The prime ministers of Canada and Australia have paid tribute to their New Zealand counterpart, who has shocked the world by announcing she would be resigning as her country’s leader.
Justin Trudeau, who said the 42-year-old prime minister’s leadership had made an “immeasurable” difference on the world stage, and Anthony Albanese were among world leaders and public figures expressing admiration for Ardern.
“Thank you for your partnership and your friendship – and for your empathic, compassionate, strong, and steady leadership over these past several years,” the Canadian premier tweeted.
Albanese said Ardern had been a “fierce advocate for New Zealand” and had “shown the world how to lead with intellect and strength … She has demonstrated that empathy and insight are powerful leadership qualities.”
The former Australian premier Kevin Rudd also praised Ardern’s record, saying she “rewrote the rulebook for how world leaders are supposed to look and act” and had provided “a masterclass in international public diplomacy”.
Roberta Metsola, the president of the European parliament, said Ardern had “led New Zealand with grace and dignity under extraordinary pressure in extraordinary times”, adding that she was “a friend to Europe who has been a trailblazing example – to young women in particular – showing how politics can be a force for positive change”.
The US ambassador to New Zealand, Tom Udall, said Ardern was an “incredible world leader” and he was “very proud of what we accomplished together”.
Ardern began her political career as a researcher in the office of the former New Zealand prime minister Helen Clark.
On Thursday, Clark said she was deeply saddened by the news of her resignation. “Jacinda has done an amazing job leading NZ & always brought humanity, empathy, & intelligence to the job. Much to be said, but for now – just thank you.”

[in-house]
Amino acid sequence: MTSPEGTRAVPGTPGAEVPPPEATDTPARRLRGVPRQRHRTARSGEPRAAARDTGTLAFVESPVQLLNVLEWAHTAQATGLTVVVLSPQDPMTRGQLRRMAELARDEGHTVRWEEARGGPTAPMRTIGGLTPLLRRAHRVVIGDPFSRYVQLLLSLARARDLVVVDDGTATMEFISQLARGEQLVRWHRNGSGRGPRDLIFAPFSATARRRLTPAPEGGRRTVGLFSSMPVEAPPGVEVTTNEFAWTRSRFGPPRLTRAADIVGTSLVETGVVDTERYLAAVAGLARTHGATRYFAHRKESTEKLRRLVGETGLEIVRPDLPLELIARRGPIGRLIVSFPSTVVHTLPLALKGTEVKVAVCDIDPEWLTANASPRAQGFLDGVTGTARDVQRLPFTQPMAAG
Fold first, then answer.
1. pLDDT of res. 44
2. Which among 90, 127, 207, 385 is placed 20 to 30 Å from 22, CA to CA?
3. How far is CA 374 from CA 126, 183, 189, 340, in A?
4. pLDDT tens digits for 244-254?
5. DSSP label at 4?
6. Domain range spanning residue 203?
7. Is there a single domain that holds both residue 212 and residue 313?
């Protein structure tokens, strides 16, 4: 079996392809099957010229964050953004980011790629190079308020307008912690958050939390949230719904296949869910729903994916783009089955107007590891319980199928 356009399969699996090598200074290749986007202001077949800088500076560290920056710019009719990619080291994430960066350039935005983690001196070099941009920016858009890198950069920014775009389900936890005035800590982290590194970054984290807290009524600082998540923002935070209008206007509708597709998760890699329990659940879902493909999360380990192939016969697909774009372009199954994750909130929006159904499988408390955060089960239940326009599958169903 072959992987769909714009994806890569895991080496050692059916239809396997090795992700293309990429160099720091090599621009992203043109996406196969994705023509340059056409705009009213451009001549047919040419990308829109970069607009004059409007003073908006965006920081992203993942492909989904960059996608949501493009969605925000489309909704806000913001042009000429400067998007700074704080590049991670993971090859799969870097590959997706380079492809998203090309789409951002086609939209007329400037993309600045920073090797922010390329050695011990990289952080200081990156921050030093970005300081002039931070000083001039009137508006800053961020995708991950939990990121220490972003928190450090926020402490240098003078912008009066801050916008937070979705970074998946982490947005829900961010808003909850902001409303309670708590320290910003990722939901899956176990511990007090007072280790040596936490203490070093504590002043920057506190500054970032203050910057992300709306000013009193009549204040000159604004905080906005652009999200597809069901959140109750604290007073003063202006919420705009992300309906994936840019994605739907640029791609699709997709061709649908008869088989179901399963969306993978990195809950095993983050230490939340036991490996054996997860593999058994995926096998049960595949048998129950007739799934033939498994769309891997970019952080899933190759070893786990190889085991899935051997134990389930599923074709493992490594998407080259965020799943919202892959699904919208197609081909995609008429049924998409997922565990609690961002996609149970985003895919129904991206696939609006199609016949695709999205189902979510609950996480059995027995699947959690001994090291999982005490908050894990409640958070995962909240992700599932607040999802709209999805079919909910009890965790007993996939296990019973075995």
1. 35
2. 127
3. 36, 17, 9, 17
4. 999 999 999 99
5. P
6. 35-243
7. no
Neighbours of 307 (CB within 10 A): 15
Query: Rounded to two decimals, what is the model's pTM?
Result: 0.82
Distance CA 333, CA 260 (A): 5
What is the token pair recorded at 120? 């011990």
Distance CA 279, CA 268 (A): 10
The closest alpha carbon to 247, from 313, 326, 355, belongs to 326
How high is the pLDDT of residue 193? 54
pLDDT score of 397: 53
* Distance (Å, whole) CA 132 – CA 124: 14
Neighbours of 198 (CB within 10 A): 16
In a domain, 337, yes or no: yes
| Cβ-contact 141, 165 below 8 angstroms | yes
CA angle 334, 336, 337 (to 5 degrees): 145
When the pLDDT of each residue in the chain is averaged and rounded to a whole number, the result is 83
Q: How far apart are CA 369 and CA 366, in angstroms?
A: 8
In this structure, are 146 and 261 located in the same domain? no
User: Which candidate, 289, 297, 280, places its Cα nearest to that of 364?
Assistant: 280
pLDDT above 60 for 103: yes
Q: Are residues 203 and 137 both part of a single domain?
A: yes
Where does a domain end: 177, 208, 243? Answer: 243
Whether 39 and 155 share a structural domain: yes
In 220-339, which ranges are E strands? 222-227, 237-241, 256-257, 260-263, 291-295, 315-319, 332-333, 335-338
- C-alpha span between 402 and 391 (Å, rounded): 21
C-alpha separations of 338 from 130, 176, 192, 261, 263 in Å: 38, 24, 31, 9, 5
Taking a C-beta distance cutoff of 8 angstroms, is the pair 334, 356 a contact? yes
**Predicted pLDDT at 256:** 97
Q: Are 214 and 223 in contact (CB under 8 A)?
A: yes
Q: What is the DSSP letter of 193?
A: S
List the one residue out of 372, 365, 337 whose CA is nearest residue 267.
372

Maria Shriver, the American journalist and former first lady of California, described Ardern as “an inspiring leader”, saying she had to “hand it to her for her honesty though. This makes me sad and it shows what a drain leading can be.”
The New Zealand actor Sam Neill described Ardern as a “great leader” in a Twitter post. “I am not surprised nor do I blame her,” he said. “Her treatment, the pile-on, in the last few months has been disgraceful and embarrassing. All the bullies, the misogynists, the aggrieved. She deserved so much better.”
Ardern’s government has been sliding steadily in the polls over the past year amid soaring inflation, a looming recession and a resurgent conservative opposition.
The opposition National leader, Christopher Luxon, said Ardern had “made a significant contribution to New Zealand, in what is a difficult and demanding job” and called her a “strong ambassador for New Zealand on the world stage”.
The leader of New Zealand’s libertarian-right Act party, said Ardern was a “well-meaning person” whose “idealism collided hard with reality”.
Grant Robertson, New Zealand’s deputy prime minister, said: “We’re extremely proud of what Jacinda has done for New Zealand and what as a party we’ve been able to achieve, and also a sense that we want to carry on as well.”
Ardern became the world’s youngest female head of government when she was elected prime minister in 2017 at 37. She was also the second prime minister in the world to give birth while in office, becoming a global icon for women in leadership.
The Indian congressman Jairam Ramesh said Indian politics needed more leaders like Ardern, who “go when people ask why [are they] going, instead of why aren’t they”.
Ardern – who steered the country through natural disasters, the Covid pandemic and its worst terrorist attack – said on Thursday she no longer had “enough in the tank” to do the job. “It’s time … I’d be doing a disservice to New Zealand if I continued,” she told her party’s annual caucus meeting.
Farid Ahmed, a survivor of the 2019 Christchurch terrorist attack that killed 51 people – including his wife – and injured 40, said Ardern’s “universal call for human unity with compassion made me cry with joy then, and it makes me cry now”.
The prime minister’s “kindness, wisdom and efforts for a peaceful world have been a remarkable example for world leaders,” Ahmed said. “I understand that she needs rest, and I wish her all the best in her life.”
Ardern’s term as prime minister will conclude no later than 7 February but she will continue as an MP until the election this year.
Agence France-Presse contributed to this report.